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Caitlin Sanchez, Performing As "Dora the Explorer v. Mtv Networks

June 11, 2012

CAITLIN SANCHEZ, PERFORMING AS "DORA THE EXPLORER",
PLAINTIFF,
v.
MTV NETWORKS, ET AL., -- AND --
DEFENDANTS,
BALESTRIERE FARIELLO,
INTERVENOR- DEFENDANT.



OPINION

The court has approved an infant's compromise in this case. The court has also rejected numerous efforts to vacate the settlement. Now pending before the court is a motion to approve the attorneys' fees of plaintiff's former counsel, the Balestriere Fariello law firm ("the Firm").

The court hereby declines to consider the Firm's application for fees in connection with the CESD settlement, awards the Firm $193,363.73 for its work on the MTV settlement, and awards the Firm 15% of any future recoveries pursuant to the audit rights set forth in the settlement agreement.

BACKGROUND

The complicated history of this litigation need not be fully recounted here. However, the pertinent facts will be discussed.

At some point in the summer of 2010, the parents of infant Caitlin Sanchez approached John Balestriere about having the Firm represent Sanchez in a potential lawsuit against her former employer, MTV Networks and Nickelodeon/Viacom Consumer Products, Inc. (collectively, "MTV"), and also potentially against her former talent agency, Cunningham Escott Slevin Doherty ("CESD") Talent Agency. Sanchez had been performing as the voice of "Dora the Explorer," a character on a Nickelodeon cartoon, and she claimed she had not been appropriately compensated by MTV.

Although the Firm initially billed the Sanchezes on an hourly basis, Balestriere and Sanchez's mother subsequently entered into a contingency fee arrangement for a suit against MTV. As pertinent here, the arrangement provided that the Firm would receive 35% of any recovery, which would increase to 37.5% if the recovery occurred after discovery commenced. Sanchez herself did not sign that agreement and is not personally mentioned in the agreement.

Balestriere eventually filed a lawsuit on Sanchez's behalf against MTV in Supreme Court, New York County, which was removed to this court on the basis that the Labor Relations Management Act ("LRMA") completely preempted Sanchez's state law claims.

Sanchez moved to remand. Defendants opposed and moved to dismiss. Discovery commenced. The parties entered into settlement negotiations. While both motions were pending, the parties notified the court that they reached a settlement. The settlement, in general terms, provided Sanchez with a lump sum payment, as well as rights to conduct future audits of MTV in order to determine whether MTV was in compliance with its obligations, and also required Sanchez to perform some additional services for MTV in return for further compensation. Sanchez, her parents, and Balestriere all reviewed and signed the settlement agreement.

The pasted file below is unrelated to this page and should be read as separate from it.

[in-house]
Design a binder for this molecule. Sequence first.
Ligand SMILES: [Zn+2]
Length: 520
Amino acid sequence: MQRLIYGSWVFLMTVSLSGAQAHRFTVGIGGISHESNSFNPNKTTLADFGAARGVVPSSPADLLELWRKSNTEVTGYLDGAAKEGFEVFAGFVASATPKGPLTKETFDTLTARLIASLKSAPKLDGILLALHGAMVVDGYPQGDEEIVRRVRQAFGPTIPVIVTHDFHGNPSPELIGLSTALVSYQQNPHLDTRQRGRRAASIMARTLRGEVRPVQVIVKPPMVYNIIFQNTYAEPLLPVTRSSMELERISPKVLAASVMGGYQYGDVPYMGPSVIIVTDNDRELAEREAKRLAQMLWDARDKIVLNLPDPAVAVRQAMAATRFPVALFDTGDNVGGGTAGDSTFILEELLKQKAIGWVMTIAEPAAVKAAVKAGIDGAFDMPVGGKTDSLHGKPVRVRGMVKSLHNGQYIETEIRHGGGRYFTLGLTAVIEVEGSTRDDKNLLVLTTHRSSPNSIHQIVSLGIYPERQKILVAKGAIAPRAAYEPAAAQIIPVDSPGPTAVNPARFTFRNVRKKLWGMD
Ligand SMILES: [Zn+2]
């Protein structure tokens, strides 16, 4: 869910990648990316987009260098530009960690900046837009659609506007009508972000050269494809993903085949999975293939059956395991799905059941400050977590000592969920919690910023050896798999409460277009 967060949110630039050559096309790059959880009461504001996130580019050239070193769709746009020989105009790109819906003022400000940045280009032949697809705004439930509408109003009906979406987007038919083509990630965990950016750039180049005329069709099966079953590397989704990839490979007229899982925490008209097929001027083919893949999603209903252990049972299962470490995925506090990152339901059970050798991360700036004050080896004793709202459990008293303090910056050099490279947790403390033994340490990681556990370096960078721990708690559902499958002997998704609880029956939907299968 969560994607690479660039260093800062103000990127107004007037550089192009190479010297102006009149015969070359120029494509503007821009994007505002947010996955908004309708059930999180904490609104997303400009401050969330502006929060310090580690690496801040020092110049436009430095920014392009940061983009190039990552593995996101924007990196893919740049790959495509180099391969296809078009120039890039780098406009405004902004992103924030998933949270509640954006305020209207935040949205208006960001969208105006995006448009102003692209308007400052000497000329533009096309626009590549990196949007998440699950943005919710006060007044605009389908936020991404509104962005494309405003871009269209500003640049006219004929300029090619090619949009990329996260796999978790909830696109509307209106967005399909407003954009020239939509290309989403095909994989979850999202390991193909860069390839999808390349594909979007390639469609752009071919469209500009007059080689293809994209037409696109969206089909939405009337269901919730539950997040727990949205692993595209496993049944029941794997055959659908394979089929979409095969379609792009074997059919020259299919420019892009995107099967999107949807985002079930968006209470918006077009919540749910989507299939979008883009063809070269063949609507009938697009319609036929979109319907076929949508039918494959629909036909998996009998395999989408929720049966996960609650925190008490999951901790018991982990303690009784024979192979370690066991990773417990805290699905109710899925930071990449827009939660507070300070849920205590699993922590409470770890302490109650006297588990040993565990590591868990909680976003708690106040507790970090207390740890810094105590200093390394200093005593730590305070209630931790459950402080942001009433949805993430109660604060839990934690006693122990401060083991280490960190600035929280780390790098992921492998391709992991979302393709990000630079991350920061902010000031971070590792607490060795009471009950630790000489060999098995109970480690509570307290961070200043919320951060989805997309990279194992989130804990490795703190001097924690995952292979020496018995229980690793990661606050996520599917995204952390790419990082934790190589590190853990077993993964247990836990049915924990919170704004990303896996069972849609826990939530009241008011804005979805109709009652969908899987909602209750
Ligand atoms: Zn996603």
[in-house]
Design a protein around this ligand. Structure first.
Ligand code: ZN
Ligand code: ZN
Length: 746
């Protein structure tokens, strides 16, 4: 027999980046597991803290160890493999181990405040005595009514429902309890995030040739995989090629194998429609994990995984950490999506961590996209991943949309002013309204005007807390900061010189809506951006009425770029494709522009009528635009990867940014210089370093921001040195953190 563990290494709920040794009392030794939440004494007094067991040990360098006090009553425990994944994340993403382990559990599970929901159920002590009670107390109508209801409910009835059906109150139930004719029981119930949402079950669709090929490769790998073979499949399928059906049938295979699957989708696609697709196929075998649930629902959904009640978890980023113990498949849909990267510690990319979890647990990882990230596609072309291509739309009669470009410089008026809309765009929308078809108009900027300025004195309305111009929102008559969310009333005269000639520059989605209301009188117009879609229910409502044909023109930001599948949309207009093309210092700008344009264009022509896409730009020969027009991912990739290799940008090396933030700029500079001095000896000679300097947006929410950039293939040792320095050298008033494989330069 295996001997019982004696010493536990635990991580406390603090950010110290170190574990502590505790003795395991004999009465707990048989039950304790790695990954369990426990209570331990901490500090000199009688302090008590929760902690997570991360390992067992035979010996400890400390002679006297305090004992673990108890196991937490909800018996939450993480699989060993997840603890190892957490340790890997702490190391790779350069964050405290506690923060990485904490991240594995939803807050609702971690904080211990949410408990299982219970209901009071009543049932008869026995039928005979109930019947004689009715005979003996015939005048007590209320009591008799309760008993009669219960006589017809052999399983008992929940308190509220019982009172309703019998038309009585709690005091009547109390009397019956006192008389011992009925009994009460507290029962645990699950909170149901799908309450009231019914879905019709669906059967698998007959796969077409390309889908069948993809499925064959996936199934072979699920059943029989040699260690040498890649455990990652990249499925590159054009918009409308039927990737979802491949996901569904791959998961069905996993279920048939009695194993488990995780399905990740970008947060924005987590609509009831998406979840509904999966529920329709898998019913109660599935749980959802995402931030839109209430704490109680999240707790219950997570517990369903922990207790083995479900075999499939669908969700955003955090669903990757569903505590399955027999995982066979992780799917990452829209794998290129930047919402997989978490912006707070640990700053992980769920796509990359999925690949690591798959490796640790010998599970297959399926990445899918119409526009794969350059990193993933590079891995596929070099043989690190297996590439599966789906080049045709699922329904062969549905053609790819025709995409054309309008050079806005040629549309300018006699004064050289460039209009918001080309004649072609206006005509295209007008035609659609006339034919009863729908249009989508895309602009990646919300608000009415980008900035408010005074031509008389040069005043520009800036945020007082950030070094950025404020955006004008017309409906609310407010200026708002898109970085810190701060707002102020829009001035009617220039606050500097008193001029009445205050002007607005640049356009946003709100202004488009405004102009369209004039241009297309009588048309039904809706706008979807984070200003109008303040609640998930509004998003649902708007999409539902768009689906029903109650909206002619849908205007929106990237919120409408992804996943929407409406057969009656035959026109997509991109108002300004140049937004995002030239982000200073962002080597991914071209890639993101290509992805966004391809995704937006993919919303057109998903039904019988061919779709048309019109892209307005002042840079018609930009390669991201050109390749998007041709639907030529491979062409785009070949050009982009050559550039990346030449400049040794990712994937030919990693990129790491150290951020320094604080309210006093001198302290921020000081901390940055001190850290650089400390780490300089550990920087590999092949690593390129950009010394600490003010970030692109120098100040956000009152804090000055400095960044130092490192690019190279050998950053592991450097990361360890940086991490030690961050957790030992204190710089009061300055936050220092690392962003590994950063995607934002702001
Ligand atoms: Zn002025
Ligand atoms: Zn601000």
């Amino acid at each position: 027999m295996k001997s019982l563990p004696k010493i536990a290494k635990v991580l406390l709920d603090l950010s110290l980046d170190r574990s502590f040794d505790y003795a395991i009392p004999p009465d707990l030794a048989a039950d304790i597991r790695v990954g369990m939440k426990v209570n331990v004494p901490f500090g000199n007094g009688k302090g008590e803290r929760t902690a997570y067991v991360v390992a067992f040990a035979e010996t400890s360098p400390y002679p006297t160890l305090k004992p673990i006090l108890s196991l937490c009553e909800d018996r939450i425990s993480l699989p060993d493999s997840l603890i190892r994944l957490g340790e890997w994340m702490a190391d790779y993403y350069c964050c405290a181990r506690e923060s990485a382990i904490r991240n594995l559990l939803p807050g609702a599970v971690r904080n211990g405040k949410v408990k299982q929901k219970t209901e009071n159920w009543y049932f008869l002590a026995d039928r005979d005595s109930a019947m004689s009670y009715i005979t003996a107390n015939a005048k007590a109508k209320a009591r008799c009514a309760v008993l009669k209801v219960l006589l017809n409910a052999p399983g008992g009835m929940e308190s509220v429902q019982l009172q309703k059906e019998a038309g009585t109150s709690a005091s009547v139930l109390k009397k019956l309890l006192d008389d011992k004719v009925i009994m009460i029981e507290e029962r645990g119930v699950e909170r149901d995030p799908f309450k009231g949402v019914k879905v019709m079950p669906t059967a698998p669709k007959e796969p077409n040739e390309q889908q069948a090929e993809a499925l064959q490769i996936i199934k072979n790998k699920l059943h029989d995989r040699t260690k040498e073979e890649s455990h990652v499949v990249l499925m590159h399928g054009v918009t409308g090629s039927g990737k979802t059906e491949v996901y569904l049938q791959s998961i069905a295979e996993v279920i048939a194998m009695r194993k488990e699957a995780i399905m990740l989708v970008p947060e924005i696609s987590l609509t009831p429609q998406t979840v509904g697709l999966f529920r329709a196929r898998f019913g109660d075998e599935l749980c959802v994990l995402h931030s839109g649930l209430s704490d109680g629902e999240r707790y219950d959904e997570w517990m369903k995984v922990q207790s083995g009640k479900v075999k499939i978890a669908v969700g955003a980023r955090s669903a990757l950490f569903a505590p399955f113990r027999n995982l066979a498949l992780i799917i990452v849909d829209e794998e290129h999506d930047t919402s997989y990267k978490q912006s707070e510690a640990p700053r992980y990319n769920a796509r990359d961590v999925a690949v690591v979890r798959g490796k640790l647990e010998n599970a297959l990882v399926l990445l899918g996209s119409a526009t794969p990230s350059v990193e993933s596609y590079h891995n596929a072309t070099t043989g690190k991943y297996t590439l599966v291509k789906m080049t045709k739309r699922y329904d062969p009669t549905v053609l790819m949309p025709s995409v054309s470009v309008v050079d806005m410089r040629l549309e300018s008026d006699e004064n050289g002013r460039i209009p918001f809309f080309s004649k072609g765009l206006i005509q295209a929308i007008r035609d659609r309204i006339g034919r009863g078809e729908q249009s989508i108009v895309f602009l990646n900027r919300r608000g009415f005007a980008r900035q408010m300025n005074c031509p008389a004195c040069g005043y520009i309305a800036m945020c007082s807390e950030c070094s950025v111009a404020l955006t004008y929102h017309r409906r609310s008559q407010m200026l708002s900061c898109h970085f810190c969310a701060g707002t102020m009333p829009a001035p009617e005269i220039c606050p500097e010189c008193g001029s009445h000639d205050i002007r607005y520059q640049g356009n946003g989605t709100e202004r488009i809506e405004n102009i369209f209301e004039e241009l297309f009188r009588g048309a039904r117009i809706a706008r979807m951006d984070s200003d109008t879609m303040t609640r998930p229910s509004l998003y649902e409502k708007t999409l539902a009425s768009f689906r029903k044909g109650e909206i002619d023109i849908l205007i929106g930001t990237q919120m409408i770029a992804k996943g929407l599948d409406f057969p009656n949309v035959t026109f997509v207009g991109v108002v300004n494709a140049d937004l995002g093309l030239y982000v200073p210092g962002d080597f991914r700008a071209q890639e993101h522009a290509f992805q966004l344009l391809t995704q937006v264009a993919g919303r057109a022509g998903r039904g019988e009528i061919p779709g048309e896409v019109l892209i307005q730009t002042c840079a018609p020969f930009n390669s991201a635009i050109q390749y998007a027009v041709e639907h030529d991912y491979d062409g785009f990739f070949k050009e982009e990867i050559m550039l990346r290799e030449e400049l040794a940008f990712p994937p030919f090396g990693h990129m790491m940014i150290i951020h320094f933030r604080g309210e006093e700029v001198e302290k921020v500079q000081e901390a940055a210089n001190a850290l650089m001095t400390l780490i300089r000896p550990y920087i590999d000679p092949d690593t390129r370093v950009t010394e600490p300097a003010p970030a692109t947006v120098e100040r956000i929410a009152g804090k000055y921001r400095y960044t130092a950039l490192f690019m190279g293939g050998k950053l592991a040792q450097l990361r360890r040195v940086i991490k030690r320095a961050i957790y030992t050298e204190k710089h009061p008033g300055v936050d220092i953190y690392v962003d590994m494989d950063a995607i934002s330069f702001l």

Because Sanchez is an infant, the court was required to approve the terms of the settlement. The court entered an order approving the settlement on November 30, 2010. The procedures governing infant's compromises also required the court to approve an award of attorneys' fees if the fees were to be paid out of the settlement amount. However, in approving the settlement, the court was not made aware of the attorneys' fees sought by the Firm and did not approve any such fees.

At some point after the settlement, the Firm represented Sanchez in negotiations with CESD concerning a claim against CESD. She obtained a monetary settlement from CESD without ever filing a lawsuit.

Pursuant to the contingency fee arrangement, the Firm claims to have become entitled to 37.5% of the fees from both the MTV and CESD settlements. The settlement funds were paid directly to the Firm, which kept its share of those funds before paying Sanchez.

After the CESD settlement, Sanchez terminated the Firm, apparently because of a dispute over the tax implications of the settlements. Represented by new counsel (who has since also been terminated), Sanchez moved to vacate her settlement with MTV Networks. Sanchez claimed that for various reasons the settlement had operated as a "fraud on the court," including that the court had approved the settlement without reviewing the Firm's fees. The court denied the motion and rejected this challenge to the settlement, which the court found to have been a fair and reasonable settlement for Sanchez, but directed the Firm to submit a fee application so that the court could approve its proposed attorneys' fee award.

In the fee application, the Firm seeks the court's approval of a 37.5% fee arising from the settlement with MTV, which the court approved, as well as 37.5% of the settlement with CESD, which was never the subject of litigation before this court and which was thus never presented to this court for this court's approval. The Firm also seeks the court's approval of an award of 30% of any recovery from ...


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